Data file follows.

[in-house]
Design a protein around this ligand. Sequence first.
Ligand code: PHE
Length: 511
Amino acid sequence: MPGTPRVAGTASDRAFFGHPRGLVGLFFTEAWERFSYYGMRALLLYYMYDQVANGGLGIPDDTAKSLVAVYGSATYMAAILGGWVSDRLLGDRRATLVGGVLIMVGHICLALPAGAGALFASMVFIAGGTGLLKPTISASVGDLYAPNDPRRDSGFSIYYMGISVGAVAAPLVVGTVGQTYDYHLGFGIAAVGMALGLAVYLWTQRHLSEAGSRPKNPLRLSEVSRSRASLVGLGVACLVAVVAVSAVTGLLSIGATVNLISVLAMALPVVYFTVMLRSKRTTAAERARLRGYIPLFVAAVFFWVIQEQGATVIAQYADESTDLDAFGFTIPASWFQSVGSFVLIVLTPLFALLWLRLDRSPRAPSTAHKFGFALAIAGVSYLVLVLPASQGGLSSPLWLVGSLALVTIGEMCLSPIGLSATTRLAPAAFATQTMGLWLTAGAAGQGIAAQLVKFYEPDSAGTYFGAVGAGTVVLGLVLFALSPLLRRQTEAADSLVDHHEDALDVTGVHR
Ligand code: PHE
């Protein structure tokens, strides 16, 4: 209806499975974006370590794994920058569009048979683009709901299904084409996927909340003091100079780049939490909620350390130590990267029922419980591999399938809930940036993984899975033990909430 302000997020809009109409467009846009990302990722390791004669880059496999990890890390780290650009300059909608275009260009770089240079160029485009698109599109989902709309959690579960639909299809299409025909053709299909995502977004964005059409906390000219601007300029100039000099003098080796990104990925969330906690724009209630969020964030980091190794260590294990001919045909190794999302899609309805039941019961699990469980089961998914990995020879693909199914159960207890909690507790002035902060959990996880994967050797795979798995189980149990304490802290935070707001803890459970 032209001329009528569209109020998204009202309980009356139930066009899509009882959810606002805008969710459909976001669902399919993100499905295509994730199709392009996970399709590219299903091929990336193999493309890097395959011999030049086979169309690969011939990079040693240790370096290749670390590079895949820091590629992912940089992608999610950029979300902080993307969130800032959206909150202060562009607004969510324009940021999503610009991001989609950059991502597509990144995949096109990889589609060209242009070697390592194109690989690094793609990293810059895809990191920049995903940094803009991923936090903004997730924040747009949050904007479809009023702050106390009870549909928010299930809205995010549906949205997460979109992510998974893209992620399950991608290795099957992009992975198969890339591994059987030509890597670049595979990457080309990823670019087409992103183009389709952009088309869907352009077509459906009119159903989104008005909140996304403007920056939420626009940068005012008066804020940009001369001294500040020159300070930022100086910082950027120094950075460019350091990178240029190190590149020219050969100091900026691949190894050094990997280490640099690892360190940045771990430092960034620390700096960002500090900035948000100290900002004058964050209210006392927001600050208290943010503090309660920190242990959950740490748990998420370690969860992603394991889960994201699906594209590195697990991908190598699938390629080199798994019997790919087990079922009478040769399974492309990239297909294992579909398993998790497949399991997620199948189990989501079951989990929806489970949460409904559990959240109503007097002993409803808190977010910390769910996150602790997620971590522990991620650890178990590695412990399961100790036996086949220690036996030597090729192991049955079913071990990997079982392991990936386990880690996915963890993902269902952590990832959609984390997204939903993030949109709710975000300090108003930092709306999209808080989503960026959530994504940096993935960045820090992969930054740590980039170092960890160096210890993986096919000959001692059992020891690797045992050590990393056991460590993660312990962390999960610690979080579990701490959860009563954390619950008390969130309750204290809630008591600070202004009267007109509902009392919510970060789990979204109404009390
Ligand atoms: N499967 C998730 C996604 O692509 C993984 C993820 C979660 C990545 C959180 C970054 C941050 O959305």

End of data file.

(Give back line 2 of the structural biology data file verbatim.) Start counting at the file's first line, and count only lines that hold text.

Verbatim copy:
Design a protein around this ligand. Sequence first.